Journal Article

Oligonucleotide microarray analysis of gene expression in neuroblastoma displaying loss of chromosome 11q

L. McArdle, M. McDermott, R. Purcell, D. Grehan, A. O'Meara, F. Breatnach, D. Catchpoole, A. C. Culhane, I. Jeffery, W. M. Gallagher and R. L. Stallings

in Carcinogenesis

Volume 25, issue 9, pages 1599-1609
Published in print September 2004 | ISSN: 0143-3334
Published online September 2004 | e-ISSN: 1460-2180 | DOI:
Oligonucleotide microarray analysis of gene expression in neuroblastoma displaying loss of chromosome 11q

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  • Clinical Cytogenetics and Molecular Genetics


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A number of distinct subtypes of neuroblastoma exist with different genetic abnormalities that are predicative of outcome. Whole chromosome gains are usually associated with low stage disease and favourable outcome, whereas loss of 1p, 3p and 11q, unbalanced gain of 17q and MYCN amplification (MNA) are indicative of high stage disease and unfavourable prognosis. Although MNA and loss of 11q appear to represent two distinct genetic subtypes of advanced stage neuroblastoma, a detailed understanding of how these subtypes differ in terms of global gene expression is still lacking. We have used metaphase comparative genomic hybridization (CGH) analysis in combination with oligonucleotide technology to identify patterns of gene expression that correlate with specific genomic imbalances found in primary neuroblastic tumours and cell lines. The tumours analysed in this manner included a ganglioneuroma, along with various ganglioneuroblastoma and neuroblastoma of different stages and histopathological classifications. Oligonucleotide microarray-based gene expression profile analysis was performed with Affymetrix HU133A arrays representing ∼14 500 unique genes. The oligonucleotide microarray results were subsequently validated by quantitative real-time PCR, immunohistochemical staining, and by comparison of specific gene expression patterns with published results. Hierarchical clustering of gene expression data distinguished tumours on the basis of stage, differentiation and genetic abnormalities. A number of genes were identified whose patterns of expression were highly correlated with 11q loss; supporting the concept that loss of 11q represents a distinct genetic subtype of neuroblastoma. The implications of these results in the process of neuroblastoma development and progression are discussed.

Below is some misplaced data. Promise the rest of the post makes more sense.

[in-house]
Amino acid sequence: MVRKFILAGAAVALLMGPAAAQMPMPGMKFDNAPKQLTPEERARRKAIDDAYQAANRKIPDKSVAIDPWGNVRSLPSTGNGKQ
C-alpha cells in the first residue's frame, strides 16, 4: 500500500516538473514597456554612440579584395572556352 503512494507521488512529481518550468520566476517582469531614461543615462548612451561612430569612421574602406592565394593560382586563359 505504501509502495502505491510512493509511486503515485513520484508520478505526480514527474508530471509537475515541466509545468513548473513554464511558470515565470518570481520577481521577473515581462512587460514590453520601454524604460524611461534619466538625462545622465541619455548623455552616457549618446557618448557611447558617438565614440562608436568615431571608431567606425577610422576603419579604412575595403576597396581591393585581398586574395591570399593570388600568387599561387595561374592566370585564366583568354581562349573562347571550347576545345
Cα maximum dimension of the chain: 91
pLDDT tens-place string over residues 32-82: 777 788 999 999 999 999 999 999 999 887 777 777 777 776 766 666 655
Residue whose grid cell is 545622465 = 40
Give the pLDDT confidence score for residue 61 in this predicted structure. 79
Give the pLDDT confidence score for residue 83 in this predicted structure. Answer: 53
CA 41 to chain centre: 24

Keywords: CGH, comparative genomic hybridization; COA, correspondence analysis; MNA, MYCN amplification; RMA, Robust Multi-Chip Average; TMA, tissue microarray

Journal Article.  7700 words.  Illustrated.

Subjects: Clinical Cytogenetics and Molecular Genetics

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